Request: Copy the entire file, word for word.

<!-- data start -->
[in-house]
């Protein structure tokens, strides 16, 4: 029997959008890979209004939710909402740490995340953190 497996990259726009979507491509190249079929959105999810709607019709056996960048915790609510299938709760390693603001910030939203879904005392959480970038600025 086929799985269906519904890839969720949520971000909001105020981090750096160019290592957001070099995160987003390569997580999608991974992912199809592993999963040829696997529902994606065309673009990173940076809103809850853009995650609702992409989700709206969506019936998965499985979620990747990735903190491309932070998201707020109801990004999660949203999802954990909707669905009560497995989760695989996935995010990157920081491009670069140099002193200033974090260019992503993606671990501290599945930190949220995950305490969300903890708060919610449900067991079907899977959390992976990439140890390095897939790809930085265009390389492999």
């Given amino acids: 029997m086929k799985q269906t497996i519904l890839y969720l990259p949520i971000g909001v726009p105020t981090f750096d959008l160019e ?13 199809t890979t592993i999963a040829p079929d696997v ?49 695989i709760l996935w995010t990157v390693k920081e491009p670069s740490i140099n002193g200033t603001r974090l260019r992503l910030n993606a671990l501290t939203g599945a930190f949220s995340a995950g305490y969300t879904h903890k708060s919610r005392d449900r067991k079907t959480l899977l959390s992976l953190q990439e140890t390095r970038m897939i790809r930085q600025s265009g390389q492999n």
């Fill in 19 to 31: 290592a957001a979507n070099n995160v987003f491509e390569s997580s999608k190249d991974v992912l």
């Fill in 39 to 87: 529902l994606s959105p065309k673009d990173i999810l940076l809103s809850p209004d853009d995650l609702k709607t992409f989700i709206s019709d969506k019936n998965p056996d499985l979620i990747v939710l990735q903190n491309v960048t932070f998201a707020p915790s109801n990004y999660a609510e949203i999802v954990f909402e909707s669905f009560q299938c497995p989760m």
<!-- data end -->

[in-house]
């Protein structure tokens, strides 16, 4: 029997959008890979209004939710909402740490995340953190 497996990259726009979507491509190249079929959105999810709607019709056996960048915790609510299938709760390693603001910030939203879904005392959480970038600025 086929799985269906519904890839969720949520971000909001105020981090750096160019290592957001070099995160987003390569997580999608991974992912199809592993999963040829696997529902994606065309673009990173940076809103809850853009995650609702992409989700709206969506019936998965499985979620990747990735903190491309932070998201707020109801990004999660949203999802954990909707669905009560497995989760695989996935995010990157920081491009670069140099002193200033974090260019992503993606671990501290599945930190949220995950305490969300903890708060919610449900067991079907899977959390992976990439140890390095897939790809930085265009390389492999």
């Given amino acids: 029997m086929k799985q269906t497996i519904l890839y969720l990259p949520i971000g909001v726009p105020t981090f750096d959008l160019e ?13 199809t890979t592993i999963a040829p079929d696997v ?49 695989i709760l996935w995010t990157v390693k920081e491009p670069s740490i140099n002193g200033t603001r974090l260019r992503l910030n993606a671990l501290t939203g599945a930190f949220s995340a995950g305490y969300t879904h903890k708060s919610r005392d449900r067991k079907t959480l899977l959390s992976l953190q990439e140890t390095r970038m897939i790809r930085q600025s265009g390389q492999n």
């Fill in 19 to 31: 290592a957001a979507n070099n995160v987003f491509e390569s997580s999608k190249d991974v992912l």
């Fill in 39 to 87: 529902l994606s959105p065309k673009d990173i999810l940076l809103s809850p209004d853009d995650l609702k709607t992409f989700i709206s019709d969506k019936n998965p056996d499985l979620i990747v939710l990735q903190n491309v960048t932070f998201a707020p915790s109801n990004y999660a609510e949203i999802v954990f909402e909707s669905f009560q299938c497995p989760m």